That's not to say you shouldn't Google things, read open source code, write little practice programs, etc. It all helps. Just remember to be patient. There's a lot out there.

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    Speaking from personal experience here: K&R can be quite intimidating for a pre-teen. Not knocking K&R or anything—I love it, and I learned more about C from it than any other book. However, when I first tried to read it (when I was 13ish or so), it definitely felt very hardcore, and scared me away from reading the rest of it (temporarily—I read the whole thing after a few years). – hbw May 30 '09 at 2:55
  • I agree with htw. K&R is a very good book, and it's very concise, but it really asks a lot of the reader. Kochan's "Programming in C" is probably a better choice for a 12-year-old. – Chuck May 30 '09 at 3:00
  • haha. Wow it must me complicating? – Austin908 May 30 '09 at 3:00
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    +1 for K&R. I envy you, @austin -- when I was 12, I couldn't program... the only computers around were in well-guarded climate controller "holy rooms" in banks & the like. So I hacked on electronics instead (despite being nearly useless w/my hands e.g. on a soldering iron). I happened on an old copy of a reference manual for LISP 1.5 when I was 14 and spent many happy hours "playing computer" with pen and paper... yeah, K&R will be a challenge, but, so was Bourbaki's text on algebraic topology, yet I did lap it up at around your age, so, why not?! Give it a try! – Alex Martelli May 30 '09 at 3:16
  • I'm with Alex. Take it slow and steady, but don't shy away. You'll appreciate your effort later. – Matthew Flaschen May 30 '09 at 3:23

Checkout out http://www.cprogramming.com/ or and online K&R type book


Don't be impatient; take your time. Follow tutorials, dissect short snippets of code, you'll get the hang of the language. Most importantly, write code yourself and learn from your bugs/errors.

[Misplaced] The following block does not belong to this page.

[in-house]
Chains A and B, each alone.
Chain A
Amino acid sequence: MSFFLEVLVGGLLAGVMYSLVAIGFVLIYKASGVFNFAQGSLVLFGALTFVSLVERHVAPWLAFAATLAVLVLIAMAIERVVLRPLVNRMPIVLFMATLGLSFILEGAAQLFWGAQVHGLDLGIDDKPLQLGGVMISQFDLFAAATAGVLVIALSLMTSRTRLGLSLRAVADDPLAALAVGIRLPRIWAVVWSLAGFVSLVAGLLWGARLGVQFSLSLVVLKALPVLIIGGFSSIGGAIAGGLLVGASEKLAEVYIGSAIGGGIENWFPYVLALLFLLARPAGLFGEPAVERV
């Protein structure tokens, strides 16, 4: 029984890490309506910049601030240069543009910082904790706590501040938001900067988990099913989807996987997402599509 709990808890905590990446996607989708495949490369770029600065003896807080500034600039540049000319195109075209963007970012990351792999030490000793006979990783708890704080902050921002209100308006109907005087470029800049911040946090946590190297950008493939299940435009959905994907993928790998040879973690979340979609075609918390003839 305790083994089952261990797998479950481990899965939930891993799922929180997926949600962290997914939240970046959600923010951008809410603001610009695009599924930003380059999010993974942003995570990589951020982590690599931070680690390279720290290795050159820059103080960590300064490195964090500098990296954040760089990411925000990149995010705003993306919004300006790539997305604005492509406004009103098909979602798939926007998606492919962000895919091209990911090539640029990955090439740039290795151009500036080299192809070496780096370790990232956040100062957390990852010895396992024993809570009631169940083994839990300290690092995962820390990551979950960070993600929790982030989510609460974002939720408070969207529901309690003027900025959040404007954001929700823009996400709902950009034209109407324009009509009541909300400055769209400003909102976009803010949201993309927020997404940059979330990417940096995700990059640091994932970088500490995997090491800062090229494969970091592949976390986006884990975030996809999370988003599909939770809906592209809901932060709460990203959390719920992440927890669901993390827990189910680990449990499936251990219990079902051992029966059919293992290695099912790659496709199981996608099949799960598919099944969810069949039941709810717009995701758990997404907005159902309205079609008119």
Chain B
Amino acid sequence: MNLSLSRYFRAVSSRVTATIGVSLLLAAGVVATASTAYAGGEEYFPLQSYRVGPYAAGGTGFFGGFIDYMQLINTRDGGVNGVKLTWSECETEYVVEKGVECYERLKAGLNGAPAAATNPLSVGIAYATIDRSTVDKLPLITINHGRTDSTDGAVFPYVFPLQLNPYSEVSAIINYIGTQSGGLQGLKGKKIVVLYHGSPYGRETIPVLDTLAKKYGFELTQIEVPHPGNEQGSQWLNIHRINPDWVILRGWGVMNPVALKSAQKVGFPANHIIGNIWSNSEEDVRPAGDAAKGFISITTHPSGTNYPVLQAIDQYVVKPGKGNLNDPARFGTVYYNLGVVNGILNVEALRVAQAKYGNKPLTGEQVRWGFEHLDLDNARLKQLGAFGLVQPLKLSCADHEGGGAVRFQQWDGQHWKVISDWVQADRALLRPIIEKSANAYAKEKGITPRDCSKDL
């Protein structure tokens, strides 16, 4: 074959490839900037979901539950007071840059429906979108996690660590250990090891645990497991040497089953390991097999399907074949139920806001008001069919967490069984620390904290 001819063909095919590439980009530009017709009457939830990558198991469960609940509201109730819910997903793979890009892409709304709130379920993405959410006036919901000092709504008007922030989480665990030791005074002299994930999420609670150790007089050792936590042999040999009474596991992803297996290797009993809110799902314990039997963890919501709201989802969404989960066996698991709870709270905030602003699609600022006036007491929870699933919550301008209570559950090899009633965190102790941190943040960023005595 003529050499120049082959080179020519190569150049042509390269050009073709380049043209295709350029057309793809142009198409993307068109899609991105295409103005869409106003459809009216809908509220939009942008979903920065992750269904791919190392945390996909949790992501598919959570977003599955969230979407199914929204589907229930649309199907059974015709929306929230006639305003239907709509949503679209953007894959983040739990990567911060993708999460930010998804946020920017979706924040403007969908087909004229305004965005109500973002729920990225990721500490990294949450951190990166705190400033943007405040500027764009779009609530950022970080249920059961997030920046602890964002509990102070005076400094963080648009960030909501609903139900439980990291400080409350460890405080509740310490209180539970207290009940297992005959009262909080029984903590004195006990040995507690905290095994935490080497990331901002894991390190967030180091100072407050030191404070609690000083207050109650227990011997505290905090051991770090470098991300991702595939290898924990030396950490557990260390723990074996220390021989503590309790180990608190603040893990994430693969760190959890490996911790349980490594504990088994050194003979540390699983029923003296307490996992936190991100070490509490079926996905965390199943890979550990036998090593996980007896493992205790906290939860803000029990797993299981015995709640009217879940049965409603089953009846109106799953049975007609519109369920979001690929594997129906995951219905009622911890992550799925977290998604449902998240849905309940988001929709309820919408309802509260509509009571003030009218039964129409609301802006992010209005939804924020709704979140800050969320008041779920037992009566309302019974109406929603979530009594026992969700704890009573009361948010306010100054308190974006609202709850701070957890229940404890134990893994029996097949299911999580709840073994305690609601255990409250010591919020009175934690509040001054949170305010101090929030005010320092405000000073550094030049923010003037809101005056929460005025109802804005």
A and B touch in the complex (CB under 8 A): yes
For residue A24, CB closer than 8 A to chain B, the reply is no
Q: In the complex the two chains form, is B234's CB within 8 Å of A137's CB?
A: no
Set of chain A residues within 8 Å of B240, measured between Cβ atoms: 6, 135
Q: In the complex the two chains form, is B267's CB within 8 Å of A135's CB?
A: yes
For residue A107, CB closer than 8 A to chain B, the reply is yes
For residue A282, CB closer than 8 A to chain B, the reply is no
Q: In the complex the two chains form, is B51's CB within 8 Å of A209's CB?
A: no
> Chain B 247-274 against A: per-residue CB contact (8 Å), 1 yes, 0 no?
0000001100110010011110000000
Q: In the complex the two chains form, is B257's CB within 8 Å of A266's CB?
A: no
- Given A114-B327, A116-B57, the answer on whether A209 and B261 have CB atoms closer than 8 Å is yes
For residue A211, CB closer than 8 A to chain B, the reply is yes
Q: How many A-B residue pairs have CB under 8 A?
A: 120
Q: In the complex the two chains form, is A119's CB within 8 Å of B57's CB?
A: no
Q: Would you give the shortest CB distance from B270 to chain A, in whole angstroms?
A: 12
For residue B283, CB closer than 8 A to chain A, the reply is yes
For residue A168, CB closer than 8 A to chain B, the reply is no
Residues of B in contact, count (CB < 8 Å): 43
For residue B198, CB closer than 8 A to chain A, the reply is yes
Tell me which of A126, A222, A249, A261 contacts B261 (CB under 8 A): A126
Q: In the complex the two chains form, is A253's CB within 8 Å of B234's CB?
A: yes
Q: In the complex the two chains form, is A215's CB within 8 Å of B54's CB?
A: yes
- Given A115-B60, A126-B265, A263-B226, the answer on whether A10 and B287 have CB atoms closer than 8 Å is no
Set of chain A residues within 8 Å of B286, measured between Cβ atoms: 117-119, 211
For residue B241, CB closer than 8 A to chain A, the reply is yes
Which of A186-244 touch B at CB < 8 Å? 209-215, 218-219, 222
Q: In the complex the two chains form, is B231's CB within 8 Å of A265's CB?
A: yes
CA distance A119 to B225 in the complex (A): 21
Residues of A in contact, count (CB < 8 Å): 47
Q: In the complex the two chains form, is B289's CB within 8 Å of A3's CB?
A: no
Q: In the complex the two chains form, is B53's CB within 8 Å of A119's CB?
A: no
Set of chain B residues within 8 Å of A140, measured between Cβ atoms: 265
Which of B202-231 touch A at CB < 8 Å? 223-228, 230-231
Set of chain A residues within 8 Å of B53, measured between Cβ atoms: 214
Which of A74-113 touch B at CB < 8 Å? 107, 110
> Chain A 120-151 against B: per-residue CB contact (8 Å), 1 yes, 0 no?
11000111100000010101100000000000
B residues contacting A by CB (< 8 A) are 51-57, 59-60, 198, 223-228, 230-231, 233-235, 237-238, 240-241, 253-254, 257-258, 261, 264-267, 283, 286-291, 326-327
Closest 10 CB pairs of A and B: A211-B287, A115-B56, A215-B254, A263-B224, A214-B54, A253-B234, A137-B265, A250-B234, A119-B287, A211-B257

And follow Stack Overflow ;)


I've been where you are. It wasn't fun. This is what saved me:

(Apparently new users aren't allowed to post hyperlinks, so google for "steve summit C", use either the first or the third link, and then click "introductory C programming class notes")

It's a C class by a guy named Steve Summit. Super easy to follow, much easier than K&R, imo. Also, it's free, and there aren't any ads. I loved it. It's how I learned C. I hope it'll do the same for you.


There is nothing so educational as a piece of code you can run and tweak. Code examples in books can be really bland and not very applicable. The exception to this rule was the Perl Cookbook which is jammed packed with really useful little snippets for your perl programs.

The topics (or 'idioms') in it were so useful and so applicable across languages that some smart folks have taken to replicating them in different languages. Each has a varied level of completeness, but it's interesting to see how different languages do the same things.

Take a look here http://pleac.sourceforge.net/ for nuggets of programming wisdom that you can shake a stick at. At the very least its interesting to see how simple things written in one language require reams of code in another.

Were I starting to learn programming again I would probably pick something easy and forgiving, a dynamic language, like Python, Ruby etc. Once you get your head around the basics in one of these (flow control, data structures etc) it will make learning C/Objective-C so much easier. Also you'll find that you'll want to write once-off tools and scripts to help you in your Objective-C development that would be tedious and time consuming to write in C but are a matter of lines in a modern dynamic language. Never hurts to have another tool in your belt.

Good luck


Honestly, I learned Java as my first programming language (I discovered it in high school and decided programming was fun and it was what i wanted to do)

I just now picked up Obj-C in a few weeks, reading a little bit from some books, but not a whole book, and using the internet a lot if i can't figure out the syntax (format/grammar of how the program should be structured and written) for something etc.

How fast you can pick up a language depends on how much you understand the fundamentals of programming. You will only get better at it with time and practice.

If you can understand the fundamentals of programming in general then you should be able to apply it to any language, the hard part is learning and remembering the syntax of different languages. Like in Java, you don't have to do memory allocations, but in C, C++ and Obj-C you do. I've never written a C or C++ program, but now that I've learned and written some programs in Obj-C (i've been making iPhone stuff, it is fun) I'm sure I could pick up C and C++ like it's nothing.

You don't have to learn C first in order to learn Obj-C is what i'm trying to say. But it never hurts to know multiple languages.

It is all about your level of understanding how a program works, how to structure one. I love objective-C because it is Object Oriented like Java so it was easier for me to understand and learn quickly, just had to get used to some of the differences in syntax